Samsung Balances in Two Major Markets

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Includes: ERIC, GOOG, NOK
by: Sramana Mitra

Weak demand and economic conditions in the semiconductor sector finally have taken a toll on Samsung Electronics (OTC:SSNLF), the world’s second-largest semiconductor producer. On January 23, Samsung reported its first ever quarterly loss in in the fourth quarter and in fact its first ever loss since 2000, when it started reporting quarterly results. However, the good news is that its handset sales posted a slight increase. Earlier coverage is available here and here.

Q4 revenue was down 4% q-o-q to 18.45 trillion Korean won or $13.9 billion. Net loss was 0.02 trillion won or $15 million. For the fiscal year 2008, revenue was down 15% to 72.95 trillion won ($55 billion) while net income was down 26% to 5.53 trillion won ($4 billion).

Semiconductor revenues in the fourth quarter were down 18% q-o-q driven by 21% q-o-q decline in memory sales, traditionally its cash cow, and falling NAND and DRAM prices. Despite supply cutbacks in DRAM, market oversupply continued due to weak demand. PC shipments declined 2% and spot prices 48%. While most of its competitors reduced utilization rates, Samsung fortified its product mix and leadership in next-gen products. Its operating profit margins were -14%, while those of its competitors were at -40% levels. Samsung expects the oversupply situation to continue in the first half and improve in the second half.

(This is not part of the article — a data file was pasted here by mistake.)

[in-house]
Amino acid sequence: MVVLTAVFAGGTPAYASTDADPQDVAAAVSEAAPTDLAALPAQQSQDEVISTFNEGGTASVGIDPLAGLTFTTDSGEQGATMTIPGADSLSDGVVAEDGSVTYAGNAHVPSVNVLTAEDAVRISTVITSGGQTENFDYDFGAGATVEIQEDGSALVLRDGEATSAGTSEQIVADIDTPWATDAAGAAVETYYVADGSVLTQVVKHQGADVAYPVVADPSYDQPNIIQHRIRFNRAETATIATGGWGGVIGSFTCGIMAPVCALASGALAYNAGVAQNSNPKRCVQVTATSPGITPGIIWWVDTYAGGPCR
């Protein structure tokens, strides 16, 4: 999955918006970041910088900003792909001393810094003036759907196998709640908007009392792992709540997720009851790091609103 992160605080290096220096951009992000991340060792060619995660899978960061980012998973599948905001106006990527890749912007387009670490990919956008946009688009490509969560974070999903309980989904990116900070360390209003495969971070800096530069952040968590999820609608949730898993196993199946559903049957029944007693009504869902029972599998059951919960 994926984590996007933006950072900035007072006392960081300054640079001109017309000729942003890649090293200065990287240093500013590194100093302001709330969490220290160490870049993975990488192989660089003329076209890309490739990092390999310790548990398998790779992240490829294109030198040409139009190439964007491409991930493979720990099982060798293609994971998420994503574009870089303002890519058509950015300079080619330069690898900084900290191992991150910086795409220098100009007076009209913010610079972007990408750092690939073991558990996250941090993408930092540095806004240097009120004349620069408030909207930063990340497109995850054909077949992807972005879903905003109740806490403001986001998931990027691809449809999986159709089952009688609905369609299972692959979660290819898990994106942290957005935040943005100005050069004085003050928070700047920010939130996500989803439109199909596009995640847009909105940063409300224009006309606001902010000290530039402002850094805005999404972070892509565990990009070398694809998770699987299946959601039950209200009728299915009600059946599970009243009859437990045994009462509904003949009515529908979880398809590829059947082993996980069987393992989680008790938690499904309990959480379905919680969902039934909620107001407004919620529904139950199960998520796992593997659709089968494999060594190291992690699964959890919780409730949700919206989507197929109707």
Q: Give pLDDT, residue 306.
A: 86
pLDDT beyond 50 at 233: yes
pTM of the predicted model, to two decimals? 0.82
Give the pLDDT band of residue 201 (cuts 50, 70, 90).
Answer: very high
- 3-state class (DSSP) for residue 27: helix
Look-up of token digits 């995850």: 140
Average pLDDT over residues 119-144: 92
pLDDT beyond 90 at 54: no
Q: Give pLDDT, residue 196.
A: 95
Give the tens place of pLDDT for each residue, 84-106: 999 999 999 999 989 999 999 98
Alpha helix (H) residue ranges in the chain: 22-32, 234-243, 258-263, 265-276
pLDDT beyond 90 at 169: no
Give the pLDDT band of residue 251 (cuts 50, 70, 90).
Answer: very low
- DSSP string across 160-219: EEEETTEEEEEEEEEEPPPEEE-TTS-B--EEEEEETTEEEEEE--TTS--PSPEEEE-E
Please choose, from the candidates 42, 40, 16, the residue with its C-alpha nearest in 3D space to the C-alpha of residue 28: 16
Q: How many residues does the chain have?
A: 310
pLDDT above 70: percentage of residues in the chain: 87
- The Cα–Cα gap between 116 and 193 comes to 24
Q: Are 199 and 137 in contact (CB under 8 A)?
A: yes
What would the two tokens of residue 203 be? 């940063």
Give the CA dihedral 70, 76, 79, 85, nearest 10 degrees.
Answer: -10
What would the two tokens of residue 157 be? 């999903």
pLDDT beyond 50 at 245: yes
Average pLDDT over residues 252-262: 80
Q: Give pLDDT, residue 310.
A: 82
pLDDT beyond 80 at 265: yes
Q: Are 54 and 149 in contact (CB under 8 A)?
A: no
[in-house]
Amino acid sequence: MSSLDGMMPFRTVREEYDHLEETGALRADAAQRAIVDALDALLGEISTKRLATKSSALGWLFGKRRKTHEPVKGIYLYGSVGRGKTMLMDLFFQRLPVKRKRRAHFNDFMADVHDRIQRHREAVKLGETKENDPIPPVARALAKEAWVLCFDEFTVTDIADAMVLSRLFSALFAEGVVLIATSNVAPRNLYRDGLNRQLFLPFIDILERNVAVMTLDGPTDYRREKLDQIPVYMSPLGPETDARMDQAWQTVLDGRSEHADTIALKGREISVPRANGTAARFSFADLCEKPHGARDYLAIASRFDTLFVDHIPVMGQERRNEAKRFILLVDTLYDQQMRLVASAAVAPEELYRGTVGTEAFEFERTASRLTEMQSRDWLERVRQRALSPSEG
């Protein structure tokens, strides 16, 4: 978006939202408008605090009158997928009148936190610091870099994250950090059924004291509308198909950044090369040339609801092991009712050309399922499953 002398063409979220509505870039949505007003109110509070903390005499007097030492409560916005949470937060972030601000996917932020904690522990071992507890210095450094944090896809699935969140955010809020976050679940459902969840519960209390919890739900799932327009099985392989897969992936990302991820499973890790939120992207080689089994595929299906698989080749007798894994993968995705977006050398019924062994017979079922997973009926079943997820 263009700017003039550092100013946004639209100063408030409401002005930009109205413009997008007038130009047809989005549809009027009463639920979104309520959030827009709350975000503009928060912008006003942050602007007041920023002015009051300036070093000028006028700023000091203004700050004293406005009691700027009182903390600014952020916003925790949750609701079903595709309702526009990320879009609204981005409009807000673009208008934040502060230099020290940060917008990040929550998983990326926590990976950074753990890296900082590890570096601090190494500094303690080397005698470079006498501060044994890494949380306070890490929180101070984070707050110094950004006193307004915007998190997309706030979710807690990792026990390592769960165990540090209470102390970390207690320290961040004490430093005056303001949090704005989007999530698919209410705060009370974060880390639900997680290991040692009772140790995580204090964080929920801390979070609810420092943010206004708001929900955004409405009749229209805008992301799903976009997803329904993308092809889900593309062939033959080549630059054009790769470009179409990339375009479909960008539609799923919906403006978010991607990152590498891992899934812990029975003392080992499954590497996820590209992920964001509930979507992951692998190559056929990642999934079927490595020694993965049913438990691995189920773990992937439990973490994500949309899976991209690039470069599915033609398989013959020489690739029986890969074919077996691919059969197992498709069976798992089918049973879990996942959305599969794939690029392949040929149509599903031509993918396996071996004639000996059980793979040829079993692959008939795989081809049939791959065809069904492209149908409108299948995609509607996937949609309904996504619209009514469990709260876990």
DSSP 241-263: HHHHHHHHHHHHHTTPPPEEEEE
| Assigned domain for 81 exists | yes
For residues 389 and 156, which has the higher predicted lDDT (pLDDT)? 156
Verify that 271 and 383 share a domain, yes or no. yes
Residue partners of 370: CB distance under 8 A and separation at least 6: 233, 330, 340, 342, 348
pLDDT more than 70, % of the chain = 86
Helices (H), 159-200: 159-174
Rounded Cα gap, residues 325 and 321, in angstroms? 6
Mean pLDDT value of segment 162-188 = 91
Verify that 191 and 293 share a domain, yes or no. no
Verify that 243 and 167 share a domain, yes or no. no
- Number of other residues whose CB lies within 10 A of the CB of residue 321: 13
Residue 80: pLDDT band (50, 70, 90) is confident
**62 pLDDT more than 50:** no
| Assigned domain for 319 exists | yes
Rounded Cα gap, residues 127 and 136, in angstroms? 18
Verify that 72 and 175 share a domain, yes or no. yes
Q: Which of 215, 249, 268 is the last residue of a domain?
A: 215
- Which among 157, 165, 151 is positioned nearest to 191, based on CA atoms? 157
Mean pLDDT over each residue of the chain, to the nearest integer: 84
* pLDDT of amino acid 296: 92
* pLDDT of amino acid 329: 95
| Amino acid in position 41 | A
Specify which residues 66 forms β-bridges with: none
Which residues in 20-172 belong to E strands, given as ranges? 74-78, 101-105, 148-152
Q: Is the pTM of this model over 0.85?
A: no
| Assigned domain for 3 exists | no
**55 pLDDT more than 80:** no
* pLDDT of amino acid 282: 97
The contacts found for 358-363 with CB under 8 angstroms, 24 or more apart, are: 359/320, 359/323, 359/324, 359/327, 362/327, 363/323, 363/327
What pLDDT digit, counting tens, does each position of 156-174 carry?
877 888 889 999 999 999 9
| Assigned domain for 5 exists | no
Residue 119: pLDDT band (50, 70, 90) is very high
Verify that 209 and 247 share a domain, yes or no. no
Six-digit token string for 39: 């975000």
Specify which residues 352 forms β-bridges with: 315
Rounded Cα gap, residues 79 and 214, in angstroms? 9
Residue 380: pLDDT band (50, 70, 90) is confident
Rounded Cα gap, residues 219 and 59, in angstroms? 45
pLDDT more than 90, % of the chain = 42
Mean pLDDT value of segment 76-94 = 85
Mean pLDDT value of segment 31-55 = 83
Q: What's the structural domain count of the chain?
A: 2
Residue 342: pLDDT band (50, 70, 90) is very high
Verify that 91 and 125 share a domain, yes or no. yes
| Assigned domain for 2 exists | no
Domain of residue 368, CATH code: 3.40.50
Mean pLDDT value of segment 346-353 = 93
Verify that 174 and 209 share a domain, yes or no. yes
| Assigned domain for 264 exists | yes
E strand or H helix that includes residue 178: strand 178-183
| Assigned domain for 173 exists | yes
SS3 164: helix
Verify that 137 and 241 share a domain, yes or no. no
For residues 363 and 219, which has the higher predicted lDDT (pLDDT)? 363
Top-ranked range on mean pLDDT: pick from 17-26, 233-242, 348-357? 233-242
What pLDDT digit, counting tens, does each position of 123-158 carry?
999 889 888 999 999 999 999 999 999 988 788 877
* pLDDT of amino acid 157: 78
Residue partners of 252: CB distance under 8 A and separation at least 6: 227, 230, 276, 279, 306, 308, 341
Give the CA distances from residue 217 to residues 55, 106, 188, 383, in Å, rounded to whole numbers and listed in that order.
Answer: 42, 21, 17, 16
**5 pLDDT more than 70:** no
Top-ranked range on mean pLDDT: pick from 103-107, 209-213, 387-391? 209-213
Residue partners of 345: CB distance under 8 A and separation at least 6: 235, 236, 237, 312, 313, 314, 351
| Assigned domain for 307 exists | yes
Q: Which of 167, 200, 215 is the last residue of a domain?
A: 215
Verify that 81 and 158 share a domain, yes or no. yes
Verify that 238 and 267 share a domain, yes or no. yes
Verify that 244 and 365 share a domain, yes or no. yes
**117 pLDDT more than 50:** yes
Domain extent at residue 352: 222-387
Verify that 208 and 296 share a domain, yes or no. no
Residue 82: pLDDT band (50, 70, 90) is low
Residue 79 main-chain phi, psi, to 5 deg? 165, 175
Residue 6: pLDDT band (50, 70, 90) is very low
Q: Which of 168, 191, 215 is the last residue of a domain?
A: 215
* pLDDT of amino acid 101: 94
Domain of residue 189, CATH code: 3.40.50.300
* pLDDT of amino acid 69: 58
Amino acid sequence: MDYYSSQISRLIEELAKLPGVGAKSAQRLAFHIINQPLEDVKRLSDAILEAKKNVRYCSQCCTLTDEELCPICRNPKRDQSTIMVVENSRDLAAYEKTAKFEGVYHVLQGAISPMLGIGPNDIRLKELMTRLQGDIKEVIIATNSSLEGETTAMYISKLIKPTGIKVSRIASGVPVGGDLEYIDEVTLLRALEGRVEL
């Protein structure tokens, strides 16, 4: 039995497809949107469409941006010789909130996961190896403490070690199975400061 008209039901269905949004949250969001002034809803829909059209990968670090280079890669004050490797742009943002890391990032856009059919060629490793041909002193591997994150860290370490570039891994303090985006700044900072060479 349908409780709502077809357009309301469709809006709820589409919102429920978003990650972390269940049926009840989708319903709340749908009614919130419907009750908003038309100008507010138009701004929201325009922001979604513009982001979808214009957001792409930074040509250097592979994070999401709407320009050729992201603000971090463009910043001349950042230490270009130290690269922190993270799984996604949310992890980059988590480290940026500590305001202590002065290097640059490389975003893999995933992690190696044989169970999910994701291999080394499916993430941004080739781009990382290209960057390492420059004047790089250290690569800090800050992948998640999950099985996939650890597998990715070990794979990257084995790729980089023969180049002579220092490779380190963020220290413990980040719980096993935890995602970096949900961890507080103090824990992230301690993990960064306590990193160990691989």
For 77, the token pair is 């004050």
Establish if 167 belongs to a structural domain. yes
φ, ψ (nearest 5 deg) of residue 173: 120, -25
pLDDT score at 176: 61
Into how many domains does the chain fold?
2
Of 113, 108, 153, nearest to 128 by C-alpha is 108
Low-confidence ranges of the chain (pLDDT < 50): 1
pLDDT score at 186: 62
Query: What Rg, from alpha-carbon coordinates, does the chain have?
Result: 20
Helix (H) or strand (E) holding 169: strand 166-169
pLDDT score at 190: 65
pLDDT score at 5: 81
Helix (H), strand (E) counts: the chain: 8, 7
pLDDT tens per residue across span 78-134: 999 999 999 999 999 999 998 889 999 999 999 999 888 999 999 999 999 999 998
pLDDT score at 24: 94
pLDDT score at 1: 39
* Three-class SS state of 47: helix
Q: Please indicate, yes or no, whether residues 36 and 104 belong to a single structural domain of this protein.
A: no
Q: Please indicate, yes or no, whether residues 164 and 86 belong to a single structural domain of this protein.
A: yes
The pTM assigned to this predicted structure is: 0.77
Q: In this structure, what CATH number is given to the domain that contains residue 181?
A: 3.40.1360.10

LCD segment sales were down 12% q-o-q, and Digital Media segment sales were down 10% q-o-q. The Telecom segment on the other hand saw revenue growing 13% q-o-q driven by 14% q-o-q growth in handsets. Shipments in the quarter increased marginally over the previous quarter, but Samsung’s annual handset shipments increased 22%, two times the market growth. However, it expects Q1 growth to decline 10 to 15% due to seasonal weakness and economic slowdown. For 2009, it plans to strengthen its high-end line-up in the US market and enhance its low-end line-up in emerging markets. The company also plans to launch a phone based on Google’s Android platform in the first half of 2009.

Overall in 2009, Samsung plans to improve profitability, enhance operational efficiency, increase cost competitiveness, and continue building on the Samsung brand. It also announced that it would reorganize its business into two divisions: Electronics Components, which includes the loss-making memory and LCD segments, and Consumer Products, which includes the promising telecom and digital media segments.

A huge upside for Samsung is its cash reserve of 6.65 trillion won ($5 billion) that will help it widen the lead against semiconductor rivals. Also, its strong presence in the handset market – it is the second-largest handset vendor after Nokia (NYSE:NOK) – should provide it with the necessary momentum.